Like no other in New Zealand Ash Razmi was on a trip in the States Officially launched just a few months ago when he tasted his first quality craft beef online, the uptake has been phenomenal, jerky and couldn’t get enough. On his with stock running low enough to force return home to Birkdale, the 30-year-old increased production. Murdoch – a director was shocked to read the list of artificial of two successful companies Powerhouse ingredients in gas station and dairy packs and Oxen – takes care of digital strategy and of jerky he’d been eating…not knowing oversees the branding; Ash – with more than that he was about to take on the might 14 years’ experience in sales – deals with the of global snack food producers from his marketing, manufacturer, orders, packaging suburban garage. and despatch. Using a home dehydrator to practise with, They can’t quite believe they’re two young Murdoch and Ash Razmi. Ash was determined to replicate the flavours guys from the North Shore taking on the he’d enjoyed in the US by playing with ingredients and methods, mass-producing giants around the world – but it’s a battle they are trialling different recipe combinations hundreds of times to get the determined to win. balance perfect and meticulously recording each process. Two years “We are part of a generation that understands and is concerned ago, he realised he’d succeeded. about food ingredients more than any other in history, so we knew With most of the biltong and jerky available here made by large there was an eager demand for authentic New Zealand-made jerky manufacturing brands and containing preservatives, flavours, colours delivered via sustainable courier bag to jerky lovers across the and often MSG, Ash decided his jerky needed to be a cut above country,” Ash says. the rest - 100% grass-fed New Zealand beef with no added nitrites, “We reckon we’re spot on. What we want is actually what all Kiwi nitrates, MSG or other additives with unpronounceable names. meat lovers want. Real air-dried beef, quality ingredients and real “There is simply no need for any of that stuff, unless you want flavour – a jerky that is all-natural, healthy and authentic, with the your jerky to last forever or survive a bomb blast - but let’s face it, benefit of knowing exactly what’s in it.” who wants to eat meat that has been sitting around for that long Ash says he wants to change the perception of jerky in New anyway,” the father-of-one and director of Bootleg Jerky says. “We Zealand - most people associate it with nasty-tasting cheap used our family and friends as guinea pigs and they were stoked with processed mass-produced junk you would find in a gas station or our four final flavours, though they were subjected to some pretty dairy anywhere around the world. questionable versions early on! “Our jerky is far from that - Bootleg Jerky is pure grass-fed “At that point, there were still no good craft jerky makers in New New Zealand beef soaked for days in mouth-watering all-natural Zealand, so after a brief ‘aha moment’ with my entrepreneurial ingredients, turned by hand multiple times and dried to produce a younger brother Murdoch (28), we decided to form Bootleg Jerky and treat for meat-lovers. It’s high in protein, low in fats, carbs and sugar, have a go.” and ideal for the whole family. Our young children just love it.” Both working fulltime jobs and having mortgages and families Bootleg Jerky offers four flavours: to provide for, the Razmis spent more than a year planning the ManukaYaki – Great Barrier Manuka honey, teriyaki, Japanese company and talked to different consultants about where and how to soy sauce, rice, vinegar, ginger, garlic and sesame manufacture. Ash admits the task seemed almost too much, until luck drew them to an ideal Auckland manufacturer of biltong and other meat Sweet Heat – sweet and savoury, cayenne pepper and chilli The OG – onion, garlic, pepper - the savoury classic. products who agreed to hand-make Bootleg Jerky using the brothers’ Chilli – five different peppers to keep you on your toes. unique process in small batches to retain flavour and authenticity.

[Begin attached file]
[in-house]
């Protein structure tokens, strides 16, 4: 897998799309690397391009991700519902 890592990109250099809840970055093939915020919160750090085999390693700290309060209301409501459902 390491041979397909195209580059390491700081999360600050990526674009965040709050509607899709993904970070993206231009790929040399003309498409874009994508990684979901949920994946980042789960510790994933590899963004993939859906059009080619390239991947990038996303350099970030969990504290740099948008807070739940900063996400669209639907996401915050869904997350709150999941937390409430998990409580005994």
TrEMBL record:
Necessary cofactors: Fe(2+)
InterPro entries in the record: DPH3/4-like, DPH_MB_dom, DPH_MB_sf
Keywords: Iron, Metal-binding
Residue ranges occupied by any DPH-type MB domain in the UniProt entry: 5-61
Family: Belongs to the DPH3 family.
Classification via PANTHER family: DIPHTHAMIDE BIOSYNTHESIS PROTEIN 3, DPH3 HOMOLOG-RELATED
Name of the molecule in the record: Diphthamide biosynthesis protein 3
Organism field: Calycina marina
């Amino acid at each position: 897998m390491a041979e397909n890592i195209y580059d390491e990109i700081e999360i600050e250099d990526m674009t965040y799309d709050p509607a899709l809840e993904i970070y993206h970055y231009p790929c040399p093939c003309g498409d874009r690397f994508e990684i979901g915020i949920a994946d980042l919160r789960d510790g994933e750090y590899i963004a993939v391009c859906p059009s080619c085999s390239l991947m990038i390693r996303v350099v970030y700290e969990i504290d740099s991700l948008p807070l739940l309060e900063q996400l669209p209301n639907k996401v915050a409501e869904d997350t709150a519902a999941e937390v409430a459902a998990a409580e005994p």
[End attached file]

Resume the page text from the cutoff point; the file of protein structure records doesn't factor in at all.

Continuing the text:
10% discount on first orders for Channel readers: use CHANNEL10 when ordering Issue 105 - December 2019 January 2020



Christmas Gift Ideas

Introducing our new local stylists Vicki and Sabrina

Finding the perfect gift for family and friends is often challenging. Well we reckon we’ve got some pretty good ideas right here. It’s always good to buy local right here on the Shore, or how about giving the gift of an experience this Christmas? A voucher for the health, wellness, fitness, arts and excitement options as we have suggested on this spread. We’ve got some of the very best options right here on the Shore!


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Issue 105 - December 2019 January 2020

Join us for our famous customer Xmas party. Thursday 5th December 6.30 – 8.30pm. All staff onboard to share their knowledge and enjoyment of books with a glass of champagne & choc dipped strawberries. One book purchase with 40% discount and 10% off all other stock* *excludes sale items, magazines and agencies